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Acacia pravissima facts for kids

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Ovens wattle
Acacia pravissima (5055338657).jpg
Scientific classification
Genus:
Acacia
Species:
pravissima
Acacia pravissimaDistMap714.png
Occurrence data from AVH

Acacia pravissima, commonly known as Ovens wattle, Oven wattle, wedge-leaved wattle and Tumut wattle, is a species of flowering plant in the legume family Fabaceae. It is an evergreen shrub native to Victoria, the South West Slopes and Southern Tablelands of New South Wales, Australia.

Description

The tree or shrub typically grows to a height of 0.5 to 3 m (1 ft 8 in to 9 ft 10 in) but can grow as tall as 8 m (26 ft) and has slender to spreading branches. The ribbed branchlets can be either glabrous or hairy. Like most species of Acacia it has phyllodes rather than true leaves. The grey-green coloured and crowded, on short stem-projections. The glabrous phyllodes are quite inequilateral with an obdeltate shape with a length of 7 to 16 cm (2.8 to 6.3 in) and a width of 5 to 14 mm (0.20 to 0.55 in). It produces racemes of ball-shaped yellow flowers in winter and spring. The prolific inflorescences have spherical flower-heads with a diamter of 5 to 6 mm (0.20 to 0.24 in) containing 8 to 12 golden coloured flowers. Following flowering firmly chartaceous and glabrous seed pods form that have a narrowly oblong shape with a length of up to 8 cm (3.1 in) and a width of 6 to 9 mm (0.24 to 0.35 in). The dull black seeds inside have an oblong to ovate shape with a length of 3 to 5 mm (0.12 to 0.20 in) and a clavate aril.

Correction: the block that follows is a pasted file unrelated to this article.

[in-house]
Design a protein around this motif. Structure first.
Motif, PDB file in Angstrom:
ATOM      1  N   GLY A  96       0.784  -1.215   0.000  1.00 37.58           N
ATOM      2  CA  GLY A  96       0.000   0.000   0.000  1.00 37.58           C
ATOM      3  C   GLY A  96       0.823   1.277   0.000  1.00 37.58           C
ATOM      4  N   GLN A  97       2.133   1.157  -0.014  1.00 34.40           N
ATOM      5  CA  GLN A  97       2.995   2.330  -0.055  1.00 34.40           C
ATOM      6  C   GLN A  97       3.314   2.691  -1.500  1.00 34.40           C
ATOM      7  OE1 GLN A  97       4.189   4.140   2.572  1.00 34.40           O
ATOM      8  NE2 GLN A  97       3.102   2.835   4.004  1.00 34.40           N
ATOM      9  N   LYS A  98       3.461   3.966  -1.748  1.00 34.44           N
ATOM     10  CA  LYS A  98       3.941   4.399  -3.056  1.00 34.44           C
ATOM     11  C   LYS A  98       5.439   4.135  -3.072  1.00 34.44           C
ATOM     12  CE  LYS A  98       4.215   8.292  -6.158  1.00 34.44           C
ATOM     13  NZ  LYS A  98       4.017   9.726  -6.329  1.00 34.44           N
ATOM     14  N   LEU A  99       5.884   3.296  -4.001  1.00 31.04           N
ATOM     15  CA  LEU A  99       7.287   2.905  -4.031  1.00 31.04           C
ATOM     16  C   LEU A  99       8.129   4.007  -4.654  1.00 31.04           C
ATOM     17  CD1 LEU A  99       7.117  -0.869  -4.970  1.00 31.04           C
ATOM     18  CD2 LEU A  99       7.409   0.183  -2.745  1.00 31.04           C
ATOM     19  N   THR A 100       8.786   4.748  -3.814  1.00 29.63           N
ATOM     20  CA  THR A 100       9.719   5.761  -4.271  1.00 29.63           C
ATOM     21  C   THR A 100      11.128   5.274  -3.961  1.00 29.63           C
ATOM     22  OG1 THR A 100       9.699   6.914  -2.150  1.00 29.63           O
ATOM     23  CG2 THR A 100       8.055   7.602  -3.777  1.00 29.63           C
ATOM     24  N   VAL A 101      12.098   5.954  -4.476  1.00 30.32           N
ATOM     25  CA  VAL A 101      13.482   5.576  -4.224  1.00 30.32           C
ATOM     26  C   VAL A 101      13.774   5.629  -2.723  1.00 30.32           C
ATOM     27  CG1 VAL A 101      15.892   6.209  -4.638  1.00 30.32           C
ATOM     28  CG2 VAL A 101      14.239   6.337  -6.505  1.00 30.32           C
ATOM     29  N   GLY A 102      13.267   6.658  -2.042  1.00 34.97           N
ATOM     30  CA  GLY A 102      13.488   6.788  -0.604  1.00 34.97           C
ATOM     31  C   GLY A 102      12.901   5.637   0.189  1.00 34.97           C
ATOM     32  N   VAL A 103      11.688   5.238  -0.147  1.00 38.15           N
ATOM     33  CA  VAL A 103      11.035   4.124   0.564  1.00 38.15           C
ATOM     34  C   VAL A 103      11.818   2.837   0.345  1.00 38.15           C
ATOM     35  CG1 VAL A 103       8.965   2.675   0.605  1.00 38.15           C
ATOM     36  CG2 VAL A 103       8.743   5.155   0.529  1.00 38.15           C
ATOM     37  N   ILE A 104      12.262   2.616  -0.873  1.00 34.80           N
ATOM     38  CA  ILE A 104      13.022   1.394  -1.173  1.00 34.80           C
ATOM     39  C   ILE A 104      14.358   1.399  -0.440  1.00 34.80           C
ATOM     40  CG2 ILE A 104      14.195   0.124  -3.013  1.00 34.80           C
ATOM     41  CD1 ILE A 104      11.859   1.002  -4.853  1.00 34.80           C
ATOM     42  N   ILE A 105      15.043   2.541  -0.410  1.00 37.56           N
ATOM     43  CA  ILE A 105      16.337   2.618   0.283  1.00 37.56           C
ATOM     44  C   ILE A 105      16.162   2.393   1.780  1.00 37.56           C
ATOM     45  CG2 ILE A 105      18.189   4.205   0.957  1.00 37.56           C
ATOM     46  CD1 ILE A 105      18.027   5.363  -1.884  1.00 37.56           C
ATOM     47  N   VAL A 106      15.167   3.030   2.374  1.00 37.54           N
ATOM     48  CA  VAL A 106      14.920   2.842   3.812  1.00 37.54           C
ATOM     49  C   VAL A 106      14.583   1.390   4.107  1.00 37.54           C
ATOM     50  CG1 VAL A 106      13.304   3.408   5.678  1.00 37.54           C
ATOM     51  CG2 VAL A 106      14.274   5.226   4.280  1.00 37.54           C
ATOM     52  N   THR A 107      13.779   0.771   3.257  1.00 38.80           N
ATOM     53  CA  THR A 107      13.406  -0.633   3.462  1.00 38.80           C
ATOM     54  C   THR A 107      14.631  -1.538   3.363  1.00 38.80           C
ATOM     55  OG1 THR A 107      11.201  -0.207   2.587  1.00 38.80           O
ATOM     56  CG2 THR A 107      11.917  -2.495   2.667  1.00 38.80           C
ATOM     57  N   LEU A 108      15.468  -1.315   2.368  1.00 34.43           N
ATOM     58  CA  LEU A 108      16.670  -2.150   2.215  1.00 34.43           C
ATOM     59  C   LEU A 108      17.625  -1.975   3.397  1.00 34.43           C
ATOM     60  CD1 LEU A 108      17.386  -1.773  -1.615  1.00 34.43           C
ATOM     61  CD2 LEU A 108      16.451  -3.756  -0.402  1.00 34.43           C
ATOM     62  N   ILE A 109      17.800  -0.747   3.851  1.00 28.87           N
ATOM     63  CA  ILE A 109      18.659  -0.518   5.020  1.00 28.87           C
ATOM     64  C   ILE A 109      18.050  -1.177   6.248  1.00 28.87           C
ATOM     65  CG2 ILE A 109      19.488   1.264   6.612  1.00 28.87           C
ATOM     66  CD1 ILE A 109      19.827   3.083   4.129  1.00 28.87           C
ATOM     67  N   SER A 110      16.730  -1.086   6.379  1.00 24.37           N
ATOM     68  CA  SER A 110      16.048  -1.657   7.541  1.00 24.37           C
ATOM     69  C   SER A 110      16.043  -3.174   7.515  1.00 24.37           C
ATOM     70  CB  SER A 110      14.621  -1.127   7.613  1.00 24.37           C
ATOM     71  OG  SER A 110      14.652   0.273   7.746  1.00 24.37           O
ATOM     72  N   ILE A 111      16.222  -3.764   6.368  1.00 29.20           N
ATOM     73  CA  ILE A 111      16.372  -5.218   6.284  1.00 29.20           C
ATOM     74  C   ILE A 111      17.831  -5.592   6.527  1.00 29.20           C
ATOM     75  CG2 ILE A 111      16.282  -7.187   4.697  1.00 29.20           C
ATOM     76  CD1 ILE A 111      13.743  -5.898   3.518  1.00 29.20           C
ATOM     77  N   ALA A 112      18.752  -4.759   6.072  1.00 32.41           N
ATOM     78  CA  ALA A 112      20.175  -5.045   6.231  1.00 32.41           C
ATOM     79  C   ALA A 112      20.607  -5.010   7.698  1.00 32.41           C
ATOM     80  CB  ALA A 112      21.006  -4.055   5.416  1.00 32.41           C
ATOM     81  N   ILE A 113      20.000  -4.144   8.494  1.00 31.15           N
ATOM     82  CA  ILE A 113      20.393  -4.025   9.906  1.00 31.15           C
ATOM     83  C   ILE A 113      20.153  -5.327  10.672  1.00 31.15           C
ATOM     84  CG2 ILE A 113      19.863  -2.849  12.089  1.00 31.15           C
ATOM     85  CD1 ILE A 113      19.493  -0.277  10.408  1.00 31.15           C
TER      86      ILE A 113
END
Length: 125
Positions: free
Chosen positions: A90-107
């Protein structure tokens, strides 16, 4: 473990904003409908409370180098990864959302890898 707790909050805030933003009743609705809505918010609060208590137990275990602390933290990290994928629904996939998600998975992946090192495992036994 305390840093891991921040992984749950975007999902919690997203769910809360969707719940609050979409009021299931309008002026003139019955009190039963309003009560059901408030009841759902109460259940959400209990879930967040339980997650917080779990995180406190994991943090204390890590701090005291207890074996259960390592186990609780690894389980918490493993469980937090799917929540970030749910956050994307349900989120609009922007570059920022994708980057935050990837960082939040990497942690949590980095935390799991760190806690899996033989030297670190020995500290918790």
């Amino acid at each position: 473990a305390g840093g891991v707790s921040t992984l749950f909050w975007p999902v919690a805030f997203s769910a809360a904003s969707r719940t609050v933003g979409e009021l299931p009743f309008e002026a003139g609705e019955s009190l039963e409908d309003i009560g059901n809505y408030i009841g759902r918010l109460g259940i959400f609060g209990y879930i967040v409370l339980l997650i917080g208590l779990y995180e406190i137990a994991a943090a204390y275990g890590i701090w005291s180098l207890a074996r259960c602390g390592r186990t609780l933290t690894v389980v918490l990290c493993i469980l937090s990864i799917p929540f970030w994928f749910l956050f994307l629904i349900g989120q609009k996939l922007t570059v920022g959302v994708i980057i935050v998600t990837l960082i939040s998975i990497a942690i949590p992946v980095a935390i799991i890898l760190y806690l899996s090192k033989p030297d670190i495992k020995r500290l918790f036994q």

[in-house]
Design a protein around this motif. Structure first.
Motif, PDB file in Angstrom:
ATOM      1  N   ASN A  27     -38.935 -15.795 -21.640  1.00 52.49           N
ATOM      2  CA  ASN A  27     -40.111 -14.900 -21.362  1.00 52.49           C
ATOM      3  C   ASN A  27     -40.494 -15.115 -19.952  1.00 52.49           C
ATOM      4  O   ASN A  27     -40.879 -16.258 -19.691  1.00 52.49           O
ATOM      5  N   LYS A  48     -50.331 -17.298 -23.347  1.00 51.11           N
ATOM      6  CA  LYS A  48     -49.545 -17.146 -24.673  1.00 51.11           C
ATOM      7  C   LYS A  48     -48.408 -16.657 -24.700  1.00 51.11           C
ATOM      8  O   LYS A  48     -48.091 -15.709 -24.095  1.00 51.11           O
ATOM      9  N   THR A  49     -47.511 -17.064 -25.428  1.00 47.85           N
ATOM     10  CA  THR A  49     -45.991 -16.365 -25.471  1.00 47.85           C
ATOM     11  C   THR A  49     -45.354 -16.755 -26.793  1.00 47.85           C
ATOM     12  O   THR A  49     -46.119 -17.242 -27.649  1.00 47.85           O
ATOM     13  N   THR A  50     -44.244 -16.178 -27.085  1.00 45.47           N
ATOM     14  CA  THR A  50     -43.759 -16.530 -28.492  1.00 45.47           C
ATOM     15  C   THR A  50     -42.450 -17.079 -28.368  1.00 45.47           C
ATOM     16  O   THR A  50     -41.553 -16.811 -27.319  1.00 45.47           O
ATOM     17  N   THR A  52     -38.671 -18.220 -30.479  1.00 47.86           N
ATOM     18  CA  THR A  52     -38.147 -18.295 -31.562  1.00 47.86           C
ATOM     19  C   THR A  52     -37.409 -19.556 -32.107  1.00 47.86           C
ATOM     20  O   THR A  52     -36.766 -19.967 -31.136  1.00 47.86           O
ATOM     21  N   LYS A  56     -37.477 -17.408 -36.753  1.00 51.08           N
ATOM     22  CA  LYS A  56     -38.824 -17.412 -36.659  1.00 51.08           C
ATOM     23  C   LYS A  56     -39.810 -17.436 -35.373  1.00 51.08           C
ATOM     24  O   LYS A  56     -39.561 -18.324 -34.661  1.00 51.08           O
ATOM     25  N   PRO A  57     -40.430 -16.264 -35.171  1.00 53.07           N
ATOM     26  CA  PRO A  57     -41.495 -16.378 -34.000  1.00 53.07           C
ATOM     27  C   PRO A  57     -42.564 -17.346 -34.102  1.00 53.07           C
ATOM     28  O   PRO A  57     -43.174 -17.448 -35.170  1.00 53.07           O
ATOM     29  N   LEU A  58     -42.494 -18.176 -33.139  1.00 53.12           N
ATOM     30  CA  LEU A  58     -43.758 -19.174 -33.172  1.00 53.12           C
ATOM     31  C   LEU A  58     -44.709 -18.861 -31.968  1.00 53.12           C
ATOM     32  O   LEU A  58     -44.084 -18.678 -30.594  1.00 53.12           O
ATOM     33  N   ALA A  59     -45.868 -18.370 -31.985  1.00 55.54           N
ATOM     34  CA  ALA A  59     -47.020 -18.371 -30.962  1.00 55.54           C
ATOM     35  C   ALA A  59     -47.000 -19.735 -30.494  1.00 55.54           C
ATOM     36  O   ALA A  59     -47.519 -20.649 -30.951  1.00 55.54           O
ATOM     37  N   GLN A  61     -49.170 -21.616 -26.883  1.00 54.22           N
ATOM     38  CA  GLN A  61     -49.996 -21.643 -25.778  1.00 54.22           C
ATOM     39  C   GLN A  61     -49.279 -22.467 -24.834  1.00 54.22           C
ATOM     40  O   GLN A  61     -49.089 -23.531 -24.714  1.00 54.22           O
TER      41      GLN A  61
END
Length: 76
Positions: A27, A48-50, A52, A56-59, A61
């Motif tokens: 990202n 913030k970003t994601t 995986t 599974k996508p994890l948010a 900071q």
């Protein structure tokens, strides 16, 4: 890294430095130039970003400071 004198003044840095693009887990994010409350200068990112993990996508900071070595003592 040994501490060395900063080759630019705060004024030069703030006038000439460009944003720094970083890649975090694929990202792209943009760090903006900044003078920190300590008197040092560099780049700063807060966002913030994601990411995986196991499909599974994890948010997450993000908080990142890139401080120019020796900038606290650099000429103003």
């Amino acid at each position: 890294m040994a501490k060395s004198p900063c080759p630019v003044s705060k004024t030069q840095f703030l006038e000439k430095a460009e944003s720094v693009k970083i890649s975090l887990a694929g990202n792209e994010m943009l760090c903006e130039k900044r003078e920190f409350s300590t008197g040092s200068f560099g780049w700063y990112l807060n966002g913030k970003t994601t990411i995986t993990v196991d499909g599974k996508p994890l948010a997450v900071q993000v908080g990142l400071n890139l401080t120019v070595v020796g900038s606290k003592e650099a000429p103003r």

Taxonomy

The species was first formally described in 1853 by the botanist Ferdinand von Mueller as a part of the work First general report of the Government Botanist on the vegetation of the colony. Victoria as published in the Votes and Proceedings of the Legislative Assembly of the Victorian Parliament. It was reclassified as Racosperma pravissimum by Leslie Pedley in 2006 then returned to genus Acacia in 2006. The Latin specific epithet pravissima means "very crooked".

Distribution

In is endemic to south-eastern Australia in the more elevated areas of the Great Dividing Range from around Tumut in New South Wales in the north through the Cotter Range and Australian Capital Territory down to around the Strathbogie Range and Macalister River in Victoria. It is often situated damp sheltered sites and along creeks and streams usually as a part of Eucalyptus forest and woodland communities.

Cultivation

In temperate regions it is hardy only in mild or warm coastal climates, but must be given a sheltered spot in full sun with neutral or acid soil. Elsewhere it should be grown under glass. It has gained the Royal Horticultural Society's Award of Garden Merit.

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